Panel details energy action plan

Ben Hagood

COLUMBIA — South Carolina emissions could be brought back to 1990 levels by 2020, and 10 percent of energy could come from renewable sources and new efficiency standards — if the state adopts a set of 50 recommendations outlined in a report due out this month from Gov. Mark Sanford's Climate, Energy and Commerce Advisory Committee.

"The governor asked us to look carefully at how we can reduce greenhouse gas emissions in South Carolina and at the same time increase opportunities for growing our economy and also to have a sound energy plan," said outgoing Rep. Ben Hagood, a Republican from Sullivan's Island tapped to lead the group.

The committee marked the first effort of its kind at the state level; it was formed by Sanford's executive order in February 2007.

"We're looking forward to the task force's recommendations," Sanford press secretary Joel Sawyer said. "While a lot of the challenges we're facing, like energy costs and climate change, are much bigger than South Carolina, we want to see what our state can do in terms of offering solutions."

Hagood said the recommendations would need to be instituted through legislation, regional planning, new policies, executive orders, tax incentives and credits, community interest and local government ordinances.

The committee is finalizing the report, which will be posted on its Web site. There, the public can submit feedback to be included in an appendix to be wrapped up in a final version presented to Sanford and legislators in the fall, Hagood said.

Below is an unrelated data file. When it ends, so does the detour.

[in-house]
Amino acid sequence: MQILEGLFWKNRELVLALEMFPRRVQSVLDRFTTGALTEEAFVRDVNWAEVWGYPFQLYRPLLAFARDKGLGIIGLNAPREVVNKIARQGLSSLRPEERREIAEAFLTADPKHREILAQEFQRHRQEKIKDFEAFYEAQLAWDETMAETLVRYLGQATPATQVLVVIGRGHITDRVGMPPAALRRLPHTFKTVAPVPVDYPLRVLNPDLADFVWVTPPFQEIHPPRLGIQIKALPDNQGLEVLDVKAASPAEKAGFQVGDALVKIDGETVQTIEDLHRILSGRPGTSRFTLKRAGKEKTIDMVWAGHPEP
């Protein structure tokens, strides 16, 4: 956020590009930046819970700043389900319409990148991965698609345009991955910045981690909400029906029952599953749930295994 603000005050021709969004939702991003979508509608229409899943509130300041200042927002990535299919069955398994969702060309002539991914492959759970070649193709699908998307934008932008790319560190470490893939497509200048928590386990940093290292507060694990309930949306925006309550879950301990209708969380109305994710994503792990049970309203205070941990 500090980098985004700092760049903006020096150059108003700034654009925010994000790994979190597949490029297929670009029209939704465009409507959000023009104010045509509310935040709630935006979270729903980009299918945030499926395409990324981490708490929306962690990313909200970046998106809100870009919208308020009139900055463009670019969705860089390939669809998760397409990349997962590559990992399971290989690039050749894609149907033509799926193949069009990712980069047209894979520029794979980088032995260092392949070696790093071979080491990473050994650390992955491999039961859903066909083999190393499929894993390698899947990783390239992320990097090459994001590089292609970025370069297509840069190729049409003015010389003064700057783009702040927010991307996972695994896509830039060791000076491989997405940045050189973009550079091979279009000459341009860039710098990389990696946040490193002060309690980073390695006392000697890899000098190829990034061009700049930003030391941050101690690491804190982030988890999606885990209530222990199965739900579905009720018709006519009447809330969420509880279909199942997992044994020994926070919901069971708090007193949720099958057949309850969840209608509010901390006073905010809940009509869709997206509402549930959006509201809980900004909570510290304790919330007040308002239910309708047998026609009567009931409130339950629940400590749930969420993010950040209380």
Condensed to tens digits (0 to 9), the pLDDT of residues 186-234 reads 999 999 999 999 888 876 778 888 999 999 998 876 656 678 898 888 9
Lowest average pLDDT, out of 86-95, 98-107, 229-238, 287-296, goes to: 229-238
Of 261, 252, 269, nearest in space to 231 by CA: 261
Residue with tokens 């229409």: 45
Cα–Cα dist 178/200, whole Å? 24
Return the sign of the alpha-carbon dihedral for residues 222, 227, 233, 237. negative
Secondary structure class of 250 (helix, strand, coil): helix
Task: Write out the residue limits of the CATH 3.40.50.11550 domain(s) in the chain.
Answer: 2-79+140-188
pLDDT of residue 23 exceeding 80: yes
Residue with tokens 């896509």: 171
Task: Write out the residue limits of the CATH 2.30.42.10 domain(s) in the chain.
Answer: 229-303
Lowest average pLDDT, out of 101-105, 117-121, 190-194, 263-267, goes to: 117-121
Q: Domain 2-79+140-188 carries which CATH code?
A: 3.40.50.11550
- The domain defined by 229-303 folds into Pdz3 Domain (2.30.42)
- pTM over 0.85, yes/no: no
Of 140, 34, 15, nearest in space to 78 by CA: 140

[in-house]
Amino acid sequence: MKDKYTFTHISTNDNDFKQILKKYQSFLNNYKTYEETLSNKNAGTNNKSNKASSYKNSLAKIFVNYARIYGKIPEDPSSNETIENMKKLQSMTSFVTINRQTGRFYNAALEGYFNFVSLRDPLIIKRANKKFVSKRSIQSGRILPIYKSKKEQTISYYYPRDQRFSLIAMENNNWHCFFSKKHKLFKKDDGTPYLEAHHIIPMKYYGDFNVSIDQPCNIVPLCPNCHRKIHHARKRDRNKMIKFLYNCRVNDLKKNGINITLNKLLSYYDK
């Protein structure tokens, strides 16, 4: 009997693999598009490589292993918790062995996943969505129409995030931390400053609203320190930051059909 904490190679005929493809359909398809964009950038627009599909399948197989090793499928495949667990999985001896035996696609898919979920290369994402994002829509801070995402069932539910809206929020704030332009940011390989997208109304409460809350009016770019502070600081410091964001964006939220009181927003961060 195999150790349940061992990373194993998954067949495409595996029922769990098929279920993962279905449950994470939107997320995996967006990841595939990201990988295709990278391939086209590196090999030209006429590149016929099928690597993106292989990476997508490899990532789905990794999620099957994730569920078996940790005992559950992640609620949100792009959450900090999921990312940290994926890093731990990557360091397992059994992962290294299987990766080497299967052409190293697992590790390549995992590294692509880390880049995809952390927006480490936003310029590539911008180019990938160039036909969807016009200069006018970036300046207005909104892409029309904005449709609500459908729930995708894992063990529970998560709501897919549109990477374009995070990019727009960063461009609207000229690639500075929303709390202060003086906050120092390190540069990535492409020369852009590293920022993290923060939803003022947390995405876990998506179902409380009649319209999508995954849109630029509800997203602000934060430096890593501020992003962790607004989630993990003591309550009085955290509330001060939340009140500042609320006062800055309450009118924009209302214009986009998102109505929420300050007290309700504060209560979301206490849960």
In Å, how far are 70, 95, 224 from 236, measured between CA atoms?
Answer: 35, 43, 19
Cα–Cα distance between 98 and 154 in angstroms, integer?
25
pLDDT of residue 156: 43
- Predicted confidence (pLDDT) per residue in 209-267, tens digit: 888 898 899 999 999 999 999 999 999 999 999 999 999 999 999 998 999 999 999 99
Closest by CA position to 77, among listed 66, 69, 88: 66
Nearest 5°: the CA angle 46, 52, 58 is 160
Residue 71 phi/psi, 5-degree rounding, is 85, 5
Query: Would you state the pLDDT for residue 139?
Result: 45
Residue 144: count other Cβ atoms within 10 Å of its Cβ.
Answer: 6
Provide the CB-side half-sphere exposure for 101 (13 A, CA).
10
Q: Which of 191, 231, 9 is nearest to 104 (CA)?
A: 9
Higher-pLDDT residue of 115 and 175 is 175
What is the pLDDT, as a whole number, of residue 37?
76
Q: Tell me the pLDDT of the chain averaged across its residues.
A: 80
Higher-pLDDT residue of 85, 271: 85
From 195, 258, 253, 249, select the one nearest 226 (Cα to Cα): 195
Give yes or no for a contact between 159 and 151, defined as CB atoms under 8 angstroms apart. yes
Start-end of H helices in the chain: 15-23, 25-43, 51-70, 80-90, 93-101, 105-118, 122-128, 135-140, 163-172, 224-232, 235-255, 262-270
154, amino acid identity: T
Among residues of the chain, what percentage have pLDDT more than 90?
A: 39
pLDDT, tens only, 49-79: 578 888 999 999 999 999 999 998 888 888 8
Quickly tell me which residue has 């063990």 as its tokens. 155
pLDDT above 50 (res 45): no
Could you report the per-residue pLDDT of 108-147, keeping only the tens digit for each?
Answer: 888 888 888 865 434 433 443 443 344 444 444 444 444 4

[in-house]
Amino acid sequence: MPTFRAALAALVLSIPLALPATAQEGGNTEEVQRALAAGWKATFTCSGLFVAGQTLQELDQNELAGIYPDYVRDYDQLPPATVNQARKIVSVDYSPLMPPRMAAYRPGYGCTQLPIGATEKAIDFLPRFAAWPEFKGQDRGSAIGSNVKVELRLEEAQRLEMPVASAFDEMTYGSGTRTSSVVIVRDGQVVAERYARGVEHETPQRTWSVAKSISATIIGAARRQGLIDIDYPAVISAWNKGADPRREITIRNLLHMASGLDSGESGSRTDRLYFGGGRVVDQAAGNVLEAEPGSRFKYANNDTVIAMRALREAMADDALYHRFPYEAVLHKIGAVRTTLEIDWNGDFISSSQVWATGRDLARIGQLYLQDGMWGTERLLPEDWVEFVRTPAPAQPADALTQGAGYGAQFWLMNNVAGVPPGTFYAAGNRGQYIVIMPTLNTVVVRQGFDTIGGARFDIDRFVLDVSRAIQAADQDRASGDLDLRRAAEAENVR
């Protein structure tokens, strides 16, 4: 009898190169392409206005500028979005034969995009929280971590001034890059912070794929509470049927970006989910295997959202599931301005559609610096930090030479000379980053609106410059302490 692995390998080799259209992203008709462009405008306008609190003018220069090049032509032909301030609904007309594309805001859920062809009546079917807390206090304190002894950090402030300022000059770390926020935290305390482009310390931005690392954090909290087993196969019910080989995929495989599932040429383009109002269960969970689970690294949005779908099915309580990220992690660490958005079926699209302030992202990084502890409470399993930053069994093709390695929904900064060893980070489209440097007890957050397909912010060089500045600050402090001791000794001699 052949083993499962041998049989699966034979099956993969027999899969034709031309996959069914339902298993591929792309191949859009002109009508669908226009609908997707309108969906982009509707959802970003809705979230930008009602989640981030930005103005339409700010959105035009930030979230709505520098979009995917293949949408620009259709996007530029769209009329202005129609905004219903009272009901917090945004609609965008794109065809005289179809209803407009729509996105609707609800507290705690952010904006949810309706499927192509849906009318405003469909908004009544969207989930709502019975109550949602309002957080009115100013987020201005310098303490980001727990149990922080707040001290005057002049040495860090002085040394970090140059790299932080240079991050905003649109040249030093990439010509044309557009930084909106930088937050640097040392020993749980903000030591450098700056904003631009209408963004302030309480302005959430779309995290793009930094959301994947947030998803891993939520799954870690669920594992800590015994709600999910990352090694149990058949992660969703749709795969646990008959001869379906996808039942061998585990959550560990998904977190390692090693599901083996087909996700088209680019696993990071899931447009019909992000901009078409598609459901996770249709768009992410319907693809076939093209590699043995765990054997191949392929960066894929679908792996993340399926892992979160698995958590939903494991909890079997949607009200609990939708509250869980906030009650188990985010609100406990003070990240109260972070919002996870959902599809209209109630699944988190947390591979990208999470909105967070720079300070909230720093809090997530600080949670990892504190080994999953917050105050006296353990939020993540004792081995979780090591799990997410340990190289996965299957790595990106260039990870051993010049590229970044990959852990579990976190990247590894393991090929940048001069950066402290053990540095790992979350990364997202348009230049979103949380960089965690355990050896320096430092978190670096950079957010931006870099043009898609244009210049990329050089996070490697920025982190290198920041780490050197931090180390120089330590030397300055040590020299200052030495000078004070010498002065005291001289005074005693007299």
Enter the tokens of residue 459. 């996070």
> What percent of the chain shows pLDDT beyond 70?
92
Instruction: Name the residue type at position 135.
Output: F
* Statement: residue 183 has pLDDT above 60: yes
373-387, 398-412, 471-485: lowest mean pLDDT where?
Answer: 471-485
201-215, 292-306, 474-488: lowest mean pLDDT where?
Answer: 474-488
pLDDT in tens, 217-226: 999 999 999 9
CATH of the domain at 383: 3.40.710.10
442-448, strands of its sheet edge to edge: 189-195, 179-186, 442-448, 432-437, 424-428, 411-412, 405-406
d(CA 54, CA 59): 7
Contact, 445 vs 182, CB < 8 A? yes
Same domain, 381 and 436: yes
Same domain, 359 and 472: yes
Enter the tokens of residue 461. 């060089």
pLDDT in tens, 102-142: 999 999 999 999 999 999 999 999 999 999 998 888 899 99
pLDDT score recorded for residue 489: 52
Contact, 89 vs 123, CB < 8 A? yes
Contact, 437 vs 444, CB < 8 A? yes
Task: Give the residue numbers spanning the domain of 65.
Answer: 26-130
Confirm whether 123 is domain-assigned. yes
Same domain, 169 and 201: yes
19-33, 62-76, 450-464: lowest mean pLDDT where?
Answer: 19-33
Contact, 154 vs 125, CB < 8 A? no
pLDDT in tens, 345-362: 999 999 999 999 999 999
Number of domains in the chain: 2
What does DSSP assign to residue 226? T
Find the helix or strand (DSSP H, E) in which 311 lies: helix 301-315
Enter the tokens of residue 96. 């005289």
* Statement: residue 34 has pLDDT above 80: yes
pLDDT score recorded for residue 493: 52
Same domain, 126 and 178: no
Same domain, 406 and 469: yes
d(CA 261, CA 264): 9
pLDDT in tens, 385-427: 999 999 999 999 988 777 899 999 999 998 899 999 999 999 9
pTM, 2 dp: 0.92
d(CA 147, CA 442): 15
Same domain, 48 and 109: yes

"What we're really talking about here is how we use and consume energy," Hagood said. "There is an environmental component, a financial component and a national security component; it's about how we use energy in our homes and our businesses and in our cars and during our recreational time."

The recommendations fall into several categories:

--Developing energy efficiency programs to help residential, commercial and industrial consumers reduce energy use.

--Enhancing education efforts.

--Drafting a renewable energy portfolio, which would encompass new nuclear energy proposals.

--Improving development patterns and upping efforts to reduce transportation pollution.

If South Carolina embraces the report, it would be the second state in the Southeast to take such an aggressive stance, Hagood said. North Carolina is the only other Southeastern state to do so, and 20 states are in various stages of developing climate action plans, he said.

The report represents the work of more than 100 stakeholders, including representatives from the academic community, nonprofits, environmentalists and electric utilities.

Given the compromise from that cross-section, John Clark, director of the state Energy Office, said he is hopeful that the state will take on the recommendations while there is momentum.